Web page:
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In this lecture, I am going to talk to you about Windows Trusts and help you understand what they are and how they work.

So, before we get started, let’s quickly talk about what a Windows Domain is.Now, as you know, a Windows Domain is like a collection of resources. User accounts, computers, printers, etc. So if I have my domain or, then I am generally going to have User Accounts and Computers that are associated with that domain. It can also be printers and other types of resources.

Let’s talk about, What Is A Trust?

Now, a Trust allows users in one domain to access resources in another Domain. That is at the most basic level.There are three main components that define Trust. There’s the Type of the Trust, there’s Transitivity, and there’s the Direction of the Trust.

So, let’s talk more about the Type of Trusts.

Now, the first type that we have is the Parent-Child type. This is the trust that is automatically created if you add a Subdomain.So, if I have Domain A and I create Domain D, and it's a Subdomain to Domain A, then there will be an automatic two-way Transitive Trust that will be created between Domain A and Domain D, and this would be a Parent-Child Trust.

So, if I have and I add a Subdomain called that would be a two-way Transitive Trust automatically, created between and

Next, we have a Tree Root Trust which is also automatically created when a new Tree Root Domain is added to an existing Forest. These Trusts are two-way Transitive Trusts as the Parent-Child.

Next, we have a Shortcut Trust that is manually created and only exists within a specific Forest. They are created to optimize the authentication process and these Trusts are Transitive and they can be either one-way or two-way.So, here on this picture we can see we have Domain A, Domain B, and Domain C. Now, we are going to talk more about Transitivity later on, but let’s say that all these domains trust each other.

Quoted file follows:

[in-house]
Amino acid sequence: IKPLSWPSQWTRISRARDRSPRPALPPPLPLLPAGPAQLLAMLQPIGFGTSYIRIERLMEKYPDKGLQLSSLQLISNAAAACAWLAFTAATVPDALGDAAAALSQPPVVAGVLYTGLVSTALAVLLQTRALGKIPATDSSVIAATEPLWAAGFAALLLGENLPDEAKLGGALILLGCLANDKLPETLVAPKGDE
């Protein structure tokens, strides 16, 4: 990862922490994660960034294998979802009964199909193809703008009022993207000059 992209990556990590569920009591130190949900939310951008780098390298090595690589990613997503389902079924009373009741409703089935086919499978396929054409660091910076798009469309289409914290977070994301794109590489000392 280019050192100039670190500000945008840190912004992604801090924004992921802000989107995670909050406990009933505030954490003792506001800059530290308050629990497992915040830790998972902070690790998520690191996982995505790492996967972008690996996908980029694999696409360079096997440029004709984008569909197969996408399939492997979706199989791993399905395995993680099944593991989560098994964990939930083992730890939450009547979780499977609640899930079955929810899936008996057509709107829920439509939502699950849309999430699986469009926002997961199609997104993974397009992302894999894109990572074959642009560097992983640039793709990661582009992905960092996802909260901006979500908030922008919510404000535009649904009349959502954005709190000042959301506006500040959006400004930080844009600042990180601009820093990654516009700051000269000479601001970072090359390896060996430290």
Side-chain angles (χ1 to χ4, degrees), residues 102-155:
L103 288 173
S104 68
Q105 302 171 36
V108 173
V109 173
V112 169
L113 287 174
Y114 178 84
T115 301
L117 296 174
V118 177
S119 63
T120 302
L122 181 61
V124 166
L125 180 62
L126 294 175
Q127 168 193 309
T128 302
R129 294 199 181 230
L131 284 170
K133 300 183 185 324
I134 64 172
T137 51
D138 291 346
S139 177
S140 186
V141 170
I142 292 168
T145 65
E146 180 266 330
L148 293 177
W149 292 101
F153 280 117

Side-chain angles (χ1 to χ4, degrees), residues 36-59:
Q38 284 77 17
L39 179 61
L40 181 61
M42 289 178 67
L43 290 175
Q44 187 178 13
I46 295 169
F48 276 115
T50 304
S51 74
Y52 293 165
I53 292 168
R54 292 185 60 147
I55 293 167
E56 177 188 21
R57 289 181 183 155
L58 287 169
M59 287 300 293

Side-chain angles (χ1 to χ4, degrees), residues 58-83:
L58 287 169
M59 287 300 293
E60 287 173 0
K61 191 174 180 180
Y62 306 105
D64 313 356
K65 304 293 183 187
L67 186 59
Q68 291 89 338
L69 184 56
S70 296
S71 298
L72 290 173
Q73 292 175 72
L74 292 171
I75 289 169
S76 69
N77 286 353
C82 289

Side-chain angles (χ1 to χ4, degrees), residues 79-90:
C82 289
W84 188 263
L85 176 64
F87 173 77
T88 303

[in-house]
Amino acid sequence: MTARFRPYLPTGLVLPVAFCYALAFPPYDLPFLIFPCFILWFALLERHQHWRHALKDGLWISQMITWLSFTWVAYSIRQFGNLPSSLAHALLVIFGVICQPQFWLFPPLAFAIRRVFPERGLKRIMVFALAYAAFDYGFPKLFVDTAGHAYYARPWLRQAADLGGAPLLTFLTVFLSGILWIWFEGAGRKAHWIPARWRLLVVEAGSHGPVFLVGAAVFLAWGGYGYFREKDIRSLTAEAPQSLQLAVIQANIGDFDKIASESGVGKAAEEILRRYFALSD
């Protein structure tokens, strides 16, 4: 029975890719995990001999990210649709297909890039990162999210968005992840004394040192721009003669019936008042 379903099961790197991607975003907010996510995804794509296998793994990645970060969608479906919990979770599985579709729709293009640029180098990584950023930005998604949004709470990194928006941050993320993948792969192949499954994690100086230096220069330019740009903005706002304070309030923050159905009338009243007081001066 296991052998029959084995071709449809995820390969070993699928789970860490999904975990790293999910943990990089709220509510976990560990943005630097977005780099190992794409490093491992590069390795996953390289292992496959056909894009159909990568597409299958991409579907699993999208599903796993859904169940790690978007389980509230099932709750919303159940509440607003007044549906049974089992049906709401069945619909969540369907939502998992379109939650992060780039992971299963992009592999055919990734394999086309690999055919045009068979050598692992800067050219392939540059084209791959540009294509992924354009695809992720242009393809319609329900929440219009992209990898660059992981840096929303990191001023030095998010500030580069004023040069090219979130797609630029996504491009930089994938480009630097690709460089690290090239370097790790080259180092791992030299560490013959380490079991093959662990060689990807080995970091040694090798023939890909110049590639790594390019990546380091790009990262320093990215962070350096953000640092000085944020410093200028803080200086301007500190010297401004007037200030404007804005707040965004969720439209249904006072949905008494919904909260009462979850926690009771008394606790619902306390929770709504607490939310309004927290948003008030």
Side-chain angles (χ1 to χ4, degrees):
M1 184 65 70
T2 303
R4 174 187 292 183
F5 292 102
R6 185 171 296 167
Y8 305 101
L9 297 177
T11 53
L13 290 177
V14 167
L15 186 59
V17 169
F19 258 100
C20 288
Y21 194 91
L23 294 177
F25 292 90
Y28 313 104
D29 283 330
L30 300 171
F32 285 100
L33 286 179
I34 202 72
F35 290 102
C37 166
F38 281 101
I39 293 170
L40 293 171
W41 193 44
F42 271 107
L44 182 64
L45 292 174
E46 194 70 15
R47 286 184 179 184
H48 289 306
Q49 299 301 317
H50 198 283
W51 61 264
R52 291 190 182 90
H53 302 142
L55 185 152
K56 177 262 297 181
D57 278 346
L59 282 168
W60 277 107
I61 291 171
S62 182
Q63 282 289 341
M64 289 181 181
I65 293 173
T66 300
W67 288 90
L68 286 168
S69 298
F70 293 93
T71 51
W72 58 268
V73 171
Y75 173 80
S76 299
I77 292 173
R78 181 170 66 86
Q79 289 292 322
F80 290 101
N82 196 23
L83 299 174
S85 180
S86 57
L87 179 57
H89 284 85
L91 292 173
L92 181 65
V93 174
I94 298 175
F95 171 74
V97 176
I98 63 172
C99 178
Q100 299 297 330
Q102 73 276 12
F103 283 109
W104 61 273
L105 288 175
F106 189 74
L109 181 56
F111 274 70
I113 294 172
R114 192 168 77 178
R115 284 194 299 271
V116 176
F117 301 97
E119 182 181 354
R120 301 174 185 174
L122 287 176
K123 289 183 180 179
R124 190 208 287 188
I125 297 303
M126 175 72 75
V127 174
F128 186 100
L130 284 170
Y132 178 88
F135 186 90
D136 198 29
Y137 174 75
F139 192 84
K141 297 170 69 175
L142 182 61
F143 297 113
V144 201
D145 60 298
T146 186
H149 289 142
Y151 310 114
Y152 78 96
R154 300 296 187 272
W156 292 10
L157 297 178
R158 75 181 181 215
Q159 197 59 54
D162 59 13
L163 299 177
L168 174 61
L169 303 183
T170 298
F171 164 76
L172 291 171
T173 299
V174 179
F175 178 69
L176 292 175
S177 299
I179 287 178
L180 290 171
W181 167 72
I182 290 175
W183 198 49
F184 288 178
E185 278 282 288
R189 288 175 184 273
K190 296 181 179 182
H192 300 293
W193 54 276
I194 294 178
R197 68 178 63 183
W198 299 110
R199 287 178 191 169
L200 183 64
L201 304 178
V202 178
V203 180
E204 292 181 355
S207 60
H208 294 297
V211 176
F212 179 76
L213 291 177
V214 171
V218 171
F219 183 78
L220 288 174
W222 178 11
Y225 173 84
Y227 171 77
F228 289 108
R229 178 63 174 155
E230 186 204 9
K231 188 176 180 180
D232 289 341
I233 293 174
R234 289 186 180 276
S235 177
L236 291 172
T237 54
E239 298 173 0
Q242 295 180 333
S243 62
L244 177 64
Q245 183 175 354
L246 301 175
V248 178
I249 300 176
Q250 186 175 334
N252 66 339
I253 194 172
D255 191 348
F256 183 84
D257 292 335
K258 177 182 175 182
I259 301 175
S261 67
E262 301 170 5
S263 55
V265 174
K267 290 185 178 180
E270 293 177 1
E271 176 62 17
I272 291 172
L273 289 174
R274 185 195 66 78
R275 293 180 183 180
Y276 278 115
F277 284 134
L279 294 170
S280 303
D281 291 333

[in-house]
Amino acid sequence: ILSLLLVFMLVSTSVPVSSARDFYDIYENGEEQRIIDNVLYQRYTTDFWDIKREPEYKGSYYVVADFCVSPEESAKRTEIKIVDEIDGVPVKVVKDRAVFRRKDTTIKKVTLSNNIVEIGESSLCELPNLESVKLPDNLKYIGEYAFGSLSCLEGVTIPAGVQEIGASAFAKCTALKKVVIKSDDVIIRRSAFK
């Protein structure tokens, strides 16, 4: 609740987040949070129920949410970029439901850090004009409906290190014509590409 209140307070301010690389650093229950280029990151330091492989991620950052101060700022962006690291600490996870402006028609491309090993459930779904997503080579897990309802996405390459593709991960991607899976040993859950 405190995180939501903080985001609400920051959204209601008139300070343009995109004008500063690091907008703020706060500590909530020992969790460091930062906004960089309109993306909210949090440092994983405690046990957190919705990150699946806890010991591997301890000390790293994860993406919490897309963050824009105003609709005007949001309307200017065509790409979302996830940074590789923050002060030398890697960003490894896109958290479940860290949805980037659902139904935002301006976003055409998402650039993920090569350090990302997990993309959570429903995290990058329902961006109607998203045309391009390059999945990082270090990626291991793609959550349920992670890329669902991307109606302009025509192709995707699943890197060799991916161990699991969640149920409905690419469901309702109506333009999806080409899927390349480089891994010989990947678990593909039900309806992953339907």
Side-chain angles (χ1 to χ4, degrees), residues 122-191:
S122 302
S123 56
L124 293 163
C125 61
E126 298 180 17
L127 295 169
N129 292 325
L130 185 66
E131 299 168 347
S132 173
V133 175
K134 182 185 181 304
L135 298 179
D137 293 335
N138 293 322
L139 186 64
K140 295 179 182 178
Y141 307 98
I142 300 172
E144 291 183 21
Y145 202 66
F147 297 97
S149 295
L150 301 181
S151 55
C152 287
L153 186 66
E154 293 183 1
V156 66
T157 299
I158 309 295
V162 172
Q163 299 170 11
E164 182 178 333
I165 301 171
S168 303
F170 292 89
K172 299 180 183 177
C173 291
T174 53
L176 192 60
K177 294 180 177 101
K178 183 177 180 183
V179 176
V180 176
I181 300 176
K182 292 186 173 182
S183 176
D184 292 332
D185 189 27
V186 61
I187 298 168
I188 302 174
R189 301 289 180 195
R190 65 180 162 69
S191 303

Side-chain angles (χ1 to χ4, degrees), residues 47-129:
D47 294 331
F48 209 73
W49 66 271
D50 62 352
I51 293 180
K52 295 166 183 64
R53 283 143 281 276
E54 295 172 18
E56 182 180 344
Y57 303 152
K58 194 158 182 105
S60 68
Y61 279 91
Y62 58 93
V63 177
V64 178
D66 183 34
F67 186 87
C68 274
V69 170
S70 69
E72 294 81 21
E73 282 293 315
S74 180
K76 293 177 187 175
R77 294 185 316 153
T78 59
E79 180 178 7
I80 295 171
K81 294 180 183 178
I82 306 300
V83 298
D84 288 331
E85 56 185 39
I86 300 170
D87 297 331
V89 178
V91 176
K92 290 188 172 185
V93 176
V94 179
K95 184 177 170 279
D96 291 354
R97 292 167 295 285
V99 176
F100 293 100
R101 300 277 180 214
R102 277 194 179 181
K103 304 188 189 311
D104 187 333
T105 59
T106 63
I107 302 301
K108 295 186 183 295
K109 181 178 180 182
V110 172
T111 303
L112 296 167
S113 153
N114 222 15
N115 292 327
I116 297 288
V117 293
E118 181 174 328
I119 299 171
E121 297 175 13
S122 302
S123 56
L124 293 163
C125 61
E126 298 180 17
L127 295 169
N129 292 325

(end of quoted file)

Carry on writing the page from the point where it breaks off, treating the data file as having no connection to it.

Let’s say that Domain D needs to authenticate a user from Domain C. Well, it would have to go to Domain A and then over to Domain B and then over to Domain C. You could create a Shortcut Trust that would allow this Domain D to skip all these domains and go over directly to Domain C. That’s the purpose of a Shortcut Trust. Literally, it is just making the authentication process faster.

Now, a Forest Trust is just it sounds. It allows you to establish a one-way or two-way trust between two Active Directory Forests.As a side note, a Forest if you don’t already know is a collection of Trees and a Tree is just a collection of Domains, just like what we have in the picture.

Next, we can have an External Trust. These are non-transitive one-way trusts that are used to access resources in the NT4.0 domain or a domain in another forest that does not have a forest trust established. So, you can create these External trusts between two different domains that aren’t trusting, or the forest doesn't trust each other.

Now, finally, you can have a Realm Trust. These are used to access resources between a Non-Windows Kerberos version 5 Realm and an Active Directory Domain.

Kerberos is a network authentication protocol. You can learn more about Kerberos authentication if you are interested in the following link.Reference: Kerberos Realm definition: